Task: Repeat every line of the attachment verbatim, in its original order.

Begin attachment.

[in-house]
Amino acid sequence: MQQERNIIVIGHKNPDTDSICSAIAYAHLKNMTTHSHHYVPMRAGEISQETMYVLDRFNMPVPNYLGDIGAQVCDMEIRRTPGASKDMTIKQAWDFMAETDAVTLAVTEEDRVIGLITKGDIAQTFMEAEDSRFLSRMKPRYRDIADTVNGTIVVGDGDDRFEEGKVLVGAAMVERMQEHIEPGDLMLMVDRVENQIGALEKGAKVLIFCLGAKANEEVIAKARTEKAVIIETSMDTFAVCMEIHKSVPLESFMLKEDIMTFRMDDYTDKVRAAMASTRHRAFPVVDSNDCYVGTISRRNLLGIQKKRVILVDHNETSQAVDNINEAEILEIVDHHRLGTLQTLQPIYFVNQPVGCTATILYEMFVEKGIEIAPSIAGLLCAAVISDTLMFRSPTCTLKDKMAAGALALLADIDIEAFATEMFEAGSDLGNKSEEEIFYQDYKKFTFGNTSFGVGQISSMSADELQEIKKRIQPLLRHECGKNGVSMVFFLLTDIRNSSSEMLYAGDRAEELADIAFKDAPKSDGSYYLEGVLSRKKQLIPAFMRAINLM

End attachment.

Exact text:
[in-house]
Amino acid sequence: MQQERNIIVIGHKNPDTDSICSAIAYAHLKNMTTHSHHYVPMRAGEISQETMYVLDRFNMPVPNYLGDIGAQVCDMEIRRTPGASKDMTIKQAWDFMAETDAVTLAVTEEDRVIGLITKGDIAQTFMEAEDSRFLSRMKPRYRDIADTVNGTIVVGDGDDRFEEGKVLVGAAMVERMQEHIEPGDLMLMVDRVENQIGALEKGAKVLIFCLGAKANEEVIAKARTEKAVIIETSMDTFAVCMEIHKSVPLESFMLKEDIMTFRMDDYTDKVRAAMASTRHRAFPVVDSNDCYVGTISRRNLLGIQKKRVILVDHNETSQAVDNINEAEILEIVDHHRLGTLQTLQPIYFVNQPVGCTATILYEMFVEKGIEIAPSIAGLLCAAVISDTLMFRSPTCTLKDKMAAGALALLADIDIEAFATEMFEAGSDLGNKSEEEIFYQDYKKFTFGNTSFGVGQISSMSADELQEIKKRIQPLLRHECGKNGVSMVFFLLTDIRNSSSEMLYAGDRAEELADIAFKDAPKSDGSYYLEGVLSRKKQLIPAFMRAINLM